Nokia 5.4 cameras
HMD Global is making a big deal about the Nokia 5.4’s ability to shoot H-Log video, which to be fair, no competitor in this segment is offering. This video format essentially gives you a flat colour profile, so you can colour-grade footage later in professional post-production software as per your liking. This feature isn’t commonly seen in stock phone camera apps, but some paid video recording apps such as Filmic Pro do offer it.
In order to take advantage of the H-Log format, you’ll have to switch to ‘Cinema’ shooting mode. Unfortunately, you can only shoot in the cinema aspect ratio of 21:9 (1920×822) at 24fps. Within this mode, you’ll need to go into the settings and enable H-Log format. In the viewfinder, you have the option to manually adjust white balance, exposure, focus, and ISO, either before or while you are recording. H-Log recording is available for the ultra-wide angle camera too.
Once you’ve shot your video, you can open it with ‘Cinema editor’ which lets you choose from a bunch of preset colour profiles such as Rec.709, etc, but you can’t do any manual adjustment here. You could also open these files on your computer in compatible video editing software to colour grade it.
All of this works quite well, as advertised. Videos shot in Cinema mode aren’t the sharpest due to the stabilisation being applied but if you’re going for a cinematic look, it shouldn’t be an issue. Image quality is decent considering we’re limited to 1080p but the videos look better on a computer than the phone’s low-resolution display. OZO spatial audio worked pretty well in capturing directional sound too. All said and done, H-Log video recording is a pretty niche feature which probably only a handful of content creators will care about.
It would have been nice to see HMD Global go all out and offer other professional features too, such as a zebra pattern for checking exposure and focus peaking, or maybe even face and eye autofocus. I also wished that H-Log had been usable with more commonly used aspect ratios too.
In standard video mode, you can shoot up to 1080p 60fps, which offers the best video quality, but there’s no stabilisation. At 30fps, videos are stabilised well but the image quality is softer. In low light, details are weak and there is noise in dark areas.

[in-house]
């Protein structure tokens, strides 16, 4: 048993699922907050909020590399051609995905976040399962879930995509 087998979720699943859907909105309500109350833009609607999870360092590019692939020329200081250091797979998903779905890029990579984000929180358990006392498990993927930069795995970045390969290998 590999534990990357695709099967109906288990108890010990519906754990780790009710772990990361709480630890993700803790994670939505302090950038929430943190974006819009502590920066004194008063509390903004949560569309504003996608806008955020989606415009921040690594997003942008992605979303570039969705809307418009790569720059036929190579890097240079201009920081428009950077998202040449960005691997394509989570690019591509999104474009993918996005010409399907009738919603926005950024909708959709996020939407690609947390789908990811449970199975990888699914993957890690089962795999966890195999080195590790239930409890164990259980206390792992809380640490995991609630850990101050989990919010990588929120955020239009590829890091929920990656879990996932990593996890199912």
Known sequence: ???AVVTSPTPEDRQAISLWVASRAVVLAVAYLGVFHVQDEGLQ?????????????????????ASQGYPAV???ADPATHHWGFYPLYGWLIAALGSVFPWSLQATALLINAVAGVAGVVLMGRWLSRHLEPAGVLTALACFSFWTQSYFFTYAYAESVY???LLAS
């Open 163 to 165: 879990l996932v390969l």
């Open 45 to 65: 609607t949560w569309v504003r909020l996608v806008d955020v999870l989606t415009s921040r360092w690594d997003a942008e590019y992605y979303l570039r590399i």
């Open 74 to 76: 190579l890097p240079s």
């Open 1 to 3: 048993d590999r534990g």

For stills, the main 48-megapixel camera captures pixel-binned 12-megapixel images by default, which look good if you manage to shoot them on a bright sunny day. The phone struggles a bit getting the focus right with close-ups, and it can get colours very wrong at times too, but overall, the quality is decent.
Images turn out grainy in low light, and sadly, Night mode increases noise considerably, while brightening up the image only a little bit. The ultra-wide angle camera has just a 5-megapixel resolution, and as you might expect, image quality is poor even during the day. I didn’t find much use for the macro camera, as image quality was less than satisfactory. The 16-megapixel selfie camera does alright in the daytime and delivers passable results in low light.
One of our gripes with the Nokia 5.3 was that it lacked video stabilisation, which HMD Global has addressed with the Nokia 5.4. The main camera also shoots decent images during the day. But overall, the cameras aren’t that impressive for a phone priced at around the Rs. 15,000 mark.
Nokia 5.4 design and handling
Design and ergonomics are strong points for the Nokia 5.4. The curvy body makes it comfortable to hold, it’s fairly slim and light, and the Polar Night trim looks fantastic. However, the back attracts smudges and fingerprints very easily, and it’s a pain to keep wiping these away. The use of plastic doesn’t bother me too much since this phone still feels sturdy, and I didn’t find any scuff marks during the week-long review period, but it would have been nice to see some premium materials like glass.
The Nokia 5.4 could have been a solid choice in the sub-Rs. 15,000 segment, but the features and performance on offer just aren’t competitive enough. The addition of H-Log video capture is unique, but the resolution and framerate restrictions might put a lot of people off. Take this feature away, and the cameras don’t really have much else to stand on. Add to this the low-resolution display and the slightly sluggish performance of the 4GB variant, and you end up with a phone that’s a little hard to recommend to anyone with a budget limit of Rs. 15,000.
The design and the fact that you get stock Android with guaranteed updates are the main redeeming factors here, but I’m not sure how well these will hold up against the current competition which is already fierce, as well as upcoming launches in this segment.
Can Realme X7 Pro take on OnePlus Nord? We discussed this on Orbital, our weekly technology podcast, which you can subscribe to via Apple Podcasts, Google Podcasts, or RSS, download the episode, or just hit the play button below.